It is unacceptable for the US government to put US citizens in danger by identifying them as suspect individuals to foreign governments when wild imagination is the only reason to suspect an intended crime. Comment on the awfulness of IML if you'd like but a more effective comment will focus on the specious reasoning throughout the proposed rules change document.

Imagining that people on the registry are plotting to commit more sex crimes does not make it true.

The document is weighted down with paragraph after paragraph explaining why the AG has the authority to impose these rules. Those explanations can be summed up as "we are doing this because we can." Because this court decision said it isn't punishment, the government can do what it wants. Because another court decision said it isn't bad to require email addresses, the government can do what it wants. There is nothing in the proposed rule document that refers to research on the effectiveness of registration. No research was used in building that document other than finding court cases that say the government can do this. 

Watching this process underlines how easily the government can devise new ways to put our liberty at risk. Remember that the next time you think we should put the government in charge of something.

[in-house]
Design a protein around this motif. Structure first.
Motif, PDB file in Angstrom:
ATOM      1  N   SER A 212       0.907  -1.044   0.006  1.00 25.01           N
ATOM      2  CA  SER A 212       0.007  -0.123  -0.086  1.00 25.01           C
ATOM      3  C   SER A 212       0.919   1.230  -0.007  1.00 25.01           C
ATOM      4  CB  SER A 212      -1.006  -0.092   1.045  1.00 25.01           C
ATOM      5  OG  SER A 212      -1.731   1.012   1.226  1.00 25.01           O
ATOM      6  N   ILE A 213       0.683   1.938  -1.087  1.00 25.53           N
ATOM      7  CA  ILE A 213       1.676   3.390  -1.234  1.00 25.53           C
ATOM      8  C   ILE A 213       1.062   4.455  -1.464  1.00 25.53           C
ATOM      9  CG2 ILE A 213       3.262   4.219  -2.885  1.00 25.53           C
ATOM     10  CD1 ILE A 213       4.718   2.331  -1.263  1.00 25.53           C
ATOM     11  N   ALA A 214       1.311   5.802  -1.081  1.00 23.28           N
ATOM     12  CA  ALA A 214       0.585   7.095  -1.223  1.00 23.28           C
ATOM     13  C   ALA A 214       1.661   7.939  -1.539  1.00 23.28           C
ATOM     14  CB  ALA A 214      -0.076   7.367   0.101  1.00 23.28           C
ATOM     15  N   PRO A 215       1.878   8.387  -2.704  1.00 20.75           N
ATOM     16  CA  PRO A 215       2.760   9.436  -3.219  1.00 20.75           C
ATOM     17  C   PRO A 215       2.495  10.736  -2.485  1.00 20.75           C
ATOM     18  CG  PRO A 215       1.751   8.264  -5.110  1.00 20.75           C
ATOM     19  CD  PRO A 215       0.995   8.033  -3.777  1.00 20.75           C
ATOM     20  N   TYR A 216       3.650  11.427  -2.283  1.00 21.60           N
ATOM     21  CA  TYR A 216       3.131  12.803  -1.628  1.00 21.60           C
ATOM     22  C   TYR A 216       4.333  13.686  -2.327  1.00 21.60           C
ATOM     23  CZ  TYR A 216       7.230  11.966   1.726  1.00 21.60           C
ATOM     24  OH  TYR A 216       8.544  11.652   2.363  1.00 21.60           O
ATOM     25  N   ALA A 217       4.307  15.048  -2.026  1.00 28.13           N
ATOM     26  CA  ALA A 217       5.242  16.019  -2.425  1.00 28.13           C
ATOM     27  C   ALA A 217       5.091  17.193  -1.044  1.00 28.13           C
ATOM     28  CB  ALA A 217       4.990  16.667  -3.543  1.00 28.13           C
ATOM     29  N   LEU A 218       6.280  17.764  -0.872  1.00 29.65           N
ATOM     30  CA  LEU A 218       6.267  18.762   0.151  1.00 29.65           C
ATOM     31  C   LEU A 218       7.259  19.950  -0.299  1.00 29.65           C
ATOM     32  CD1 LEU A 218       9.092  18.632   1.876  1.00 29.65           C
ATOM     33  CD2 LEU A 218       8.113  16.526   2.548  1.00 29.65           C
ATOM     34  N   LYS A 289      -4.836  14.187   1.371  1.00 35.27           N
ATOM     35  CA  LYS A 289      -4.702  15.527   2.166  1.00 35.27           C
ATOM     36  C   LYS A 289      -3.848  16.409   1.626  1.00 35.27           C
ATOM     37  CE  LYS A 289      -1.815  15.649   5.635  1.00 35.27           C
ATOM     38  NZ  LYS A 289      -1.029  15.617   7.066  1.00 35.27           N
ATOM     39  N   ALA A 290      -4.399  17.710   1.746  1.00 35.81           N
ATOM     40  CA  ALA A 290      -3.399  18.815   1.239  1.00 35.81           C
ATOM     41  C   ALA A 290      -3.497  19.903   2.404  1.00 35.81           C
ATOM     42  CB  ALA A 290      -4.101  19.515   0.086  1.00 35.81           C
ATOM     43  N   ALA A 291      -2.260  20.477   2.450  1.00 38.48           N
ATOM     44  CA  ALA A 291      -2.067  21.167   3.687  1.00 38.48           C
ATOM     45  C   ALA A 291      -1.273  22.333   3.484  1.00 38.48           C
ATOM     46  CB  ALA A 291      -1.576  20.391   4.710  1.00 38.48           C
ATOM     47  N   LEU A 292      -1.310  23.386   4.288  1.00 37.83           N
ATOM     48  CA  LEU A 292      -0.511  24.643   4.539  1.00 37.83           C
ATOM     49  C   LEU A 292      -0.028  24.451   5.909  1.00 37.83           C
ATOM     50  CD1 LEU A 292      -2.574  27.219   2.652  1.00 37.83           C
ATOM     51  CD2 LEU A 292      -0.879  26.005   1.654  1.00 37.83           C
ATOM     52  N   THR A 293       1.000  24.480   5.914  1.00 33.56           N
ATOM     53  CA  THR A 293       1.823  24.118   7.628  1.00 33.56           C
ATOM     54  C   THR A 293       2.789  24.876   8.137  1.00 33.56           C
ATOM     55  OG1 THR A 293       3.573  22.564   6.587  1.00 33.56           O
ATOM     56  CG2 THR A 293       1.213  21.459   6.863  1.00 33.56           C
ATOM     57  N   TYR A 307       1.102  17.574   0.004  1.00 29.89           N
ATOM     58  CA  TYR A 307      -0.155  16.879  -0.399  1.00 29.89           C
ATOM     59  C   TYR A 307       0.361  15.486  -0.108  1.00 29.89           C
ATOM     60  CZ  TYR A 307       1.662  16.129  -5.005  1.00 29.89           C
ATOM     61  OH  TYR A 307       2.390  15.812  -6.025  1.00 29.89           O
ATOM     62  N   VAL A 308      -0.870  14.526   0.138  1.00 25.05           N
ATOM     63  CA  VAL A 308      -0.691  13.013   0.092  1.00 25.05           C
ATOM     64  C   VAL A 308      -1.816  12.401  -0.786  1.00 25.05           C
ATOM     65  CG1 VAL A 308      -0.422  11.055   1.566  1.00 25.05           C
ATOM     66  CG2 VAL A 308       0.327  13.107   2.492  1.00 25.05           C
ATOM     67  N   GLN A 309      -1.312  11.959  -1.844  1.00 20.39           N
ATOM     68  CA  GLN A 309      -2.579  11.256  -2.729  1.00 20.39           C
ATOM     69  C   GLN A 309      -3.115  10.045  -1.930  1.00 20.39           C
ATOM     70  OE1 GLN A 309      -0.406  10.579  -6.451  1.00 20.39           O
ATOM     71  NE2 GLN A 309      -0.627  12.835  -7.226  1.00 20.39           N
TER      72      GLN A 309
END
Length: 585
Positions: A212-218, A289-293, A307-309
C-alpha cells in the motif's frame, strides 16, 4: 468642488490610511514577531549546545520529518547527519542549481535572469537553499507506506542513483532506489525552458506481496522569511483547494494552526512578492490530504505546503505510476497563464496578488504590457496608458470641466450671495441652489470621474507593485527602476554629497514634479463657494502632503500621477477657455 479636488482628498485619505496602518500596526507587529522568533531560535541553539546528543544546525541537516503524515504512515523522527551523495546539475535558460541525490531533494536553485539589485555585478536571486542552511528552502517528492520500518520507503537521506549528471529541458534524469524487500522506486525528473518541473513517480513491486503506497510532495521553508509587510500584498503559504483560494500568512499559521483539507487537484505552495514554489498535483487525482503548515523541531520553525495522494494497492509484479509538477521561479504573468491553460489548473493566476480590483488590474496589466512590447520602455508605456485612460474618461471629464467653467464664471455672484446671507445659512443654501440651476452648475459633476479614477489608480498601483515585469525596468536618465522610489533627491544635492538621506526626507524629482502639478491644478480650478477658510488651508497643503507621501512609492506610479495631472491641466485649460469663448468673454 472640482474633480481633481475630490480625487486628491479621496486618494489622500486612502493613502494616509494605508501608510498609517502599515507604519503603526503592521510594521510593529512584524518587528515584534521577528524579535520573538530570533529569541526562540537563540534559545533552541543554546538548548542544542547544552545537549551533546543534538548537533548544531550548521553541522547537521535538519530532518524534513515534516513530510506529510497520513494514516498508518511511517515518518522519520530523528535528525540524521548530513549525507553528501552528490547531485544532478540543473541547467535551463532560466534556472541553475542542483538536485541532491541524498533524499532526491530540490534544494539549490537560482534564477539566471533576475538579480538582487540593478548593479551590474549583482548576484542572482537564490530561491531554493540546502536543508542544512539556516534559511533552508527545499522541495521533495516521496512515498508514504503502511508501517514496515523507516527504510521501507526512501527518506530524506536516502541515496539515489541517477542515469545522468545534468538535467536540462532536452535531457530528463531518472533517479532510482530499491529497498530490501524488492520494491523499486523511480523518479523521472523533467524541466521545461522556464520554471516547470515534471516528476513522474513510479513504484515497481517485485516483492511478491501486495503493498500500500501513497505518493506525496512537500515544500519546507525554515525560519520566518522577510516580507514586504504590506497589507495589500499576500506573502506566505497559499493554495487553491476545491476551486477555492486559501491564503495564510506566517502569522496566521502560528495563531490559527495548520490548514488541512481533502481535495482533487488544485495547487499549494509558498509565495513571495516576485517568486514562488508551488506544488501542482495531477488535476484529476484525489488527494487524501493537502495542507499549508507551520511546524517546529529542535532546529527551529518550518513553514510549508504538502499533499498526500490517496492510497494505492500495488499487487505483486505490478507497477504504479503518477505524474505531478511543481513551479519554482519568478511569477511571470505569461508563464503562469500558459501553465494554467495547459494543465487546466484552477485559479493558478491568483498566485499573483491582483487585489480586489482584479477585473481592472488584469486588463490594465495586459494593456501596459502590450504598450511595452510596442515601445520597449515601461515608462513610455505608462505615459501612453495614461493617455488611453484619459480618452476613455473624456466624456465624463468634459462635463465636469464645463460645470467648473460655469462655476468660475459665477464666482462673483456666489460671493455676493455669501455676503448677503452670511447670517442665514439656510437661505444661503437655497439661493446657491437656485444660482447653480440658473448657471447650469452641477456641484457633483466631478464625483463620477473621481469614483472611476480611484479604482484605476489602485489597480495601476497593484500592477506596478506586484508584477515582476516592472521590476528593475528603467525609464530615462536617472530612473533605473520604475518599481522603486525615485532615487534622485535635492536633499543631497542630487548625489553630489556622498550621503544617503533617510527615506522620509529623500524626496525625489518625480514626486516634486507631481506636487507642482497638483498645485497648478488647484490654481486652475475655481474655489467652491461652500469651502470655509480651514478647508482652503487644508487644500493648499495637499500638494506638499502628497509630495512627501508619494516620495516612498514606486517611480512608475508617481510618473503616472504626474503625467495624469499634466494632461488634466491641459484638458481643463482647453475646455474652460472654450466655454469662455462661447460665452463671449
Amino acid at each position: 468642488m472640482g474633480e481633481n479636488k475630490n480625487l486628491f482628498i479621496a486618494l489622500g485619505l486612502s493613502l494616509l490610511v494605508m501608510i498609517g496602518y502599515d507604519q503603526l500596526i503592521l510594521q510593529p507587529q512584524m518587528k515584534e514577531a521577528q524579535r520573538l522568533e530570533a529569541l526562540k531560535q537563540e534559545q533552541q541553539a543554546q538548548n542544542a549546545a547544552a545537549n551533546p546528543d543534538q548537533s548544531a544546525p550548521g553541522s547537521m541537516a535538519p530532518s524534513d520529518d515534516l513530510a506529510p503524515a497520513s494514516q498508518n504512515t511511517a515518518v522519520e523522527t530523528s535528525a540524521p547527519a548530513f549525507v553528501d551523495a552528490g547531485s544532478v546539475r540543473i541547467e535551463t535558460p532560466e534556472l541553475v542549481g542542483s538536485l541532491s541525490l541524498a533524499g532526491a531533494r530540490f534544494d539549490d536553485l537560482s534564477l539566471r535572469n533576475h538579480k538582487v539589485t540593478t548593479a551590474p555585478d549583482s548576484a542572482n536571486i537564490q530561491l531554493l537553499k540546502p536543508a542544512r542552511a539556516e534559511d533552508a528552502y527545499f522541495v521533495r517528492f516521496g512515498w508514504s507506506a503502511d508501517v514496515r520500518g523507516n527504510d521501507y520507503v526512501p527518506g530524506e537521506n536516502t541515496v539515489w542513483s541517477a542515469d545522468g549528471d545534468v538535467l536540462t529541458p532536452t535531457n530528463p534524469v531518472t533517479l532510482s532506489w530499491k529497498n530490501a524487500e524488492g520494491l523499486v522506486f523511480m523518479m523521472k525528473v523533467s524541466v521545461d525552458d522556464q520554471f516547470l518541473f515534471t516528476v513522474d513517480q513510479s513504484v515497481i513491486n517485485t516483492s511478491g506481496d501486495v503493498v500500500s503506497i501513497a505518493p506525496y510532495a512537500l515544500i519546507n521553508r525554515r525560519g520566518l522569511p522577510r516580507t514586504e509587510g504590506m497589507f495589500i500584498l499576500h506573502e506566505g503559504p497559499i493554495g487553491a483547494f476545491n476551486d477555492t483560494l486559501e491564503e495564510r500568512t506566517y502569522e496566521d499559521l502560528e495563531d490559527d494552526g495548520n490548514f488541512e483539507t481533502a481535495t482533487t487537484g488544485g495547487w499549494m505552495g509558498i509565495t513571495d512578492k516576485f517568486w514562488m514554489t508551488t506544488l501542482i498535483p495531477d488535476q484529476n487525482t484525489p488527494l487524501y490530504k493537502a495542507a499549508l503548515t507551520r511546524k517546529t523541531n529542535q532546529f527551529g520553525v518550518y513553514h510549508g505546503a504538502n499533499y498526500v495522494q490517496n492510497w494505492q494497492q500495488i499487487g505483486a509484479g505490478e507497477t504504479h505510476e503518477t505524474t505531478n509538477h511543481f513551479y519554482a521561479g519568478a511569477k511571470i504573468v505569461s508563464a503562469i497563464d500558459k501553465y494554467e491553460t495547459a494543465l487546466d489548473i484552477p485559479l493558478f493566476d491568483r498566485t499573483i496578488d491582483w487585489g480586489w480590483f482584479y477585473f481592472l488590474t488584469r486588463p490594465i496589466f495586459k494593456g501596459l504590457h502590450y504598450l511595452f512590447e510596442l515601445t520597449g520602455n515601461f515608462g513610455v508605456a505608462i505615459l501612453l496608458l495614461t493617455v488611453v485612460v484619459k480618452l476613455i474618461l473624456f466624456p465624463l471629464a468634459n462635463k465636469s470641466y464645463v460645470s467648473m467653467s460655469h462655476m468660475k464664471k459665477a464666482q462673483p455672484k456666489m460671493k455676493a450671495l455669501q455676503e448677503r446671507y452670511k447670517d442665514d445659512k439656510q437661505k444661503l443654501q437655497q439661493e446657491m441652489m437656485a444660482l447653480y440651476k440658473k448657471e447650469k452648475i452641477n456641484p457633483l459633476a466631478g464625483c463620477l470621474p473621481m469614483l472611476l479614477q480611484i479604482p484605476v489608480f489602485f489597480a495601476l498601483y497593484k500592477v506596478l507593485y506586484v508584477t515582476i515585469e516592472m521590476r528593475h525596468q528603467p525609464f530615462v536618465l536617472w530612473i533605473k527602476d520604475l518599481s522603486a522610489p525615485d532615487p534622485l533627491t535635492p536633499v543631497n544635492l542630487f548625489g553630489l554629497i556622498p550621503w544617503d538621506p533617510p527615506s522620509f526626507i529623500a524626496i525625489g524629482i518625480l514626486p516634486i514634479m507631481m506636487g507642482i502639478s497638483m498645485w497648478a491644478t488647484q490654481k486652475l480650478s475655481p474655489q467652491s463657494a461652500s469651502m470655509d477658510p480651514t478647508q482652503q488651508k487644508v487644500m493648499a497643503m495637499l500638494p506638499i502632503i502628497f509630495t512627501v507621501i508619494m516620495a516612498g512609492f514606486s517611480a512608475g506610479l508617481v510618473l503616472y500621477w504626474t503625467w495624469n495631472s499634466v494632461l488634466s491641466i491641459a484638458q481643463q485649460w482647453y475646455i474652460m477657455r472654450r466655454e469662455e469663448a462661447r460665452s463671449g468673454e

More analysis of the proposed changes:

Saturday, September 19, 2020

changes proposed for SORNA rules

On Twitter, @CrimeADay estimates that it will take hundreds of years to tweet one federal crime each day. That estimate does not include any additional crimes that are being added and will continue to be added to the federal code.
Federal government bureaucracies are the powerful but quiet engine behind federal laws. Those bureaucracies can--and do--create laws without going through the arduous legislative process in which our elected Senators and Congressmen serve as our voice. We have no voice in the bureaucratic process except for an opportunity to comment on proposed changes.

You can comment on the proposed SORNA rules changes until midnight ET October 13, 2020. Instructions on that webpage (starting here) provide information about the comment process. It is important to read those instructions before leaving a comment.